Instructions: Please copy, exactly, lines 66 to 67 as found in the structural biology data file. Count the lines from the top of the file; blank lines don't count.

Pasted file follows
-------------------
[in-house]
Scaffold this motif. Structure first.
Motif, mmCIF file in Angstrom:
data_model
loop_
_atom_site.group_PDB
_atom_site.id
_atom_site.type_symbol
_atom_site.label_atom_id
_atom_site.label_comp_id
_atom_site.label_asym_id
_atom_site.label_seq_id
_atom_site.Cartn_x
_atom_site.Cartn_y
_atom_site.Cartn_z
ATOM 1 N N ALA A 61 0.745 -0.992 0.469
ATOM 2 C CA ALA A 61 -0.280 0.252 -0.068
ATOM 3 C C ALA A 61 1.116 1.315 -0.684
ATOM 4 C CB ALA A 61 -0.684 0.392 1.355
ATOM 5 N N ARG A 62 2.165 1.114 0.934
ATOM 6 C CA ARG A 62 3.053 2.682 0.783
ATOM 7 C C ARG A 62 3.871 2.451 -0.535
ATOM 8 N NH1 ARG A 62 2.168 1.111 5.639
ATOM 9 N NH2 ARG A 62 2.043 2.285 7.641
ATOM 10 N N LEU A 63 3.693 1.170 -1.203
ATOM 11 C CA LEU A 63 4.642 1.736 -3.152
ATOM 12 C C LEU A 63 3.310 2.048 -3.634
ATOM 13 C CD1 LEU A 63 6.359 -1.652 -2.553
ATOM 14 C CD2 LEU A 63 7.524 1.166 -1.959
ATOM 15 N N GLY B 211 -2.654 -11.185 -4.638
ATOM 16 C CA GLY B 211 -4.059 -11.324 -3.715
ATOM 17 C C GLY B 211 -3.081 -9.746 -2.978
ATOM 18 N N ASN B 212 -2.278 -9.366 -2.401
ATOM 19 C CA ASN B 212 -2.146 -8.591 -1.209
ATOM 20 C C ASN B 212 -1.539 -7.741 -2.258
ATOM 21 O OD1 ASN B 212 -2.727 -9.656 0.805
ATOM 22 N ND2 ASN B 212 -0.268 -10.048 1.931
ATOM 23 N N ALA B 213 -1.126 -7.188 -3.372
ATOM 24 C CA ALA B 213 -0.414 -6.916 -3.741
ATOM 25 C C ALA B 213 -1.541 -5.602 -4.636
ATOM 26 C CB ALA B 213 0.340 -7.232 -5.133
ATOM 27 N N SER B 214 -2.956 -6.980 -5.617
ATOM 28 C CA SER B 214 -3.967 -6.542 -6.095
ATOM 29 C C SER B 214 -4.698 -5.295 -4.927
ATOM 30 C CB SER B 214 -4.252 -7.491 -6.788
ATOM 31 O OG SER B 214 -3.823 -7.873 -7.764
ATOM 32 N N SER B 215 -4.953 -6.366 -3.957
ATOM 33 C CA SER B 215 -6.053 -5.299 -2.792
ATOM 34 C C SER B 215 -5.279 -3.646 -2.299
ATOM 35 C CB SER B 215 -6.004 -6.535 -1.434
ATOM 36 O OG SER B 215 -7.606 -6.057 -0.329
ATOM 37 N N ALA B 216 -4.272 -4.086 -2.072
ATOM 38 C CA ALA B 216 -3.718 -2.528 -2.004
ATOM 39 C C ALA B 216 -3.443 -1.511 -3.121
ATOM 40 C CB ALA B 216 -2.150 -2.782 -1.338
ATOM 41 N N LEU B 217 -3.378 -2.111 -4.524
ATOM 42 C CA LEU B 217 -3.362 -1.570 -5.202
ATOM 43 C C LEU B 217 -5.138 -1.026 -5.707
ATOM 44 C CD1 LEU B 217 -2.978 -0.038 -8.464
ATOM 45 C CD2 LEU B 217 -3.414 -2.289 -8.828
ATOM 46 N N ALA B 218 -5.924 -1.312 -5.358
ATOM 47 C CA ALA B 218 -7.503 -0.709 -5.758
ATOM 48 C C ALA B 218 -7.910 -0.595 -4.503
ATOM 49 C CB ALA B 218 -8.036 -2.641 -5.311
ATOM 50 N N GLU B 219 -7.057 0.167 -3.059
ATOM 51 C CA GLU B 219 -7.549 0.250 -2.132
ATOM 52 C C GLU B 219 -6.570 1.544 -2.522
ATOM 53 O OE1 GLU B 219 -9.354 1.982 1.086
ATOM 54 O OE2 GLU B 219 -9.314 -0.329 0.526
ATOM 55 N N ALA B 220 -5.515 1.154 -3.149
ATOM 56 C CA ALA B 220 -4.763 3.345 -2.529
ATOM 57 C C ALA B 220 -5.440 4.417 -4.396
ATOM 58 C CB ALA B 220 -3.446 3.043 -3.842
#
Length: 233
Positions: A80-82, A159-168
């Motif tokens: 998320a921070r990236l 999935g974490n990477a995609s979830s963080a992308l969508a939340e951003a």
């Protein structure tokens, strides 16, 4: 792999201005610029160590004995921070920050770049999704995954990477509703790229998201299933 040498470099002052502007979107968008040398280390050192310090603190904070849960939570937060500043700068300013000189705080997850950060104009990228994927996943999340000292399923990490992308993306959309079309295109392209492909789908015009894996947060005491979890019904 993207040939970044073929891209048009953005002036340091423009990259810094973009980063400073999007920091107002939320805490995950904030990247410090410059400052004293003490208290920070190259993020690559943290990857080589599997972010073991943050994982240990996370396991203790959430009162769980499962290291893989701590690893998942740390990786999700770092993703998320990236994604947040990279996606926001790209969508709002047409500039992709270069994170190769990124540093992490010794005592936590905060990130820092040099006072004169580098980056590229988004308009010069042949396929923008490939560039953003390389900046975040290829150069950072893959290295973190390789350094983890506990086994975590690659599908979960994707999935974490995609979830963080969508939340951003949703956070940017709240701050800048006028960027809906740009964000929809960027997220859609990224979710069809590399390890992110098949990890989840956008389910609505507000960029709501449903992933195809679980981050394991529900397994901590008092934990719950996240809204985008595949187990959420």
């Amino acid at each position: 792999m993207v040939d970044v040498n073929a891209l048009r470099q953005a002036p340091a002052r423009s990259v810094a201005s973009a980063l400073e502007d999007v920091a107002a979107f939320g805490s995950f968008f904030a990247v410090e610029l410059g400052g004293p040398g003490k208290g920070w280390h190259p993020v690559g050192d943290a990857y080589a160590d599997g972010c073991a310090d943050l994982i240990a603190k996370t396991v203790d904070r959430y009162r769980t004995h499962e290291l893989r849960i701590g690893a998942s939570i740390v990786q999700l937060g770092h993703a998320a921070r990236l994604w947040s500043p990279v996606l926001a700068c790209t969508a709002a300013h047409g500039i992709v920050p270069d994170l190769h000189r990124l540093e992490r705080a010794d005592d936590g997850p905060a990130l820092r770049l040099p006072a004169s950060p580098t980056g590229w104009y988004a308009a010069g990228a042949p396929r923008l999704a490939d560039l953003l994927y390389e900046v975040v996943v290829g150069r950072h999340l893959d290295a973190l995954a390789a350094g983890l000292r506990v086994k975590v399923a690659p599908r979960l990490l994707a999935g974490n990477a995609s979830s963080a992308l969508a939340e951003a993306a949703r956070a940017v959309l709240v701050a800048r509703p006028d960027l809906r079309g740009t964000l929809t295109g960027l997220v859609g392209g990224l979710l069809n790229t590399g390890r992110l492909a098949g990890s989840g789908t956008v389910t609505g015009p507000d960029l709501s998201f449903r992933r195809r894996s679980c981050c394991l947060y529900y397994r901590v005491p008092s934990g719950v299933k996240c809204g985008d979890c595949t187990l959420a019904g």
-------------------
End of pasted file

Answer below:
ATOM 51 C CA GLU B 219 -7.549 0.250 -2.132
ATOM 52 C C GLU B 219 -6.570 1.544 -2.522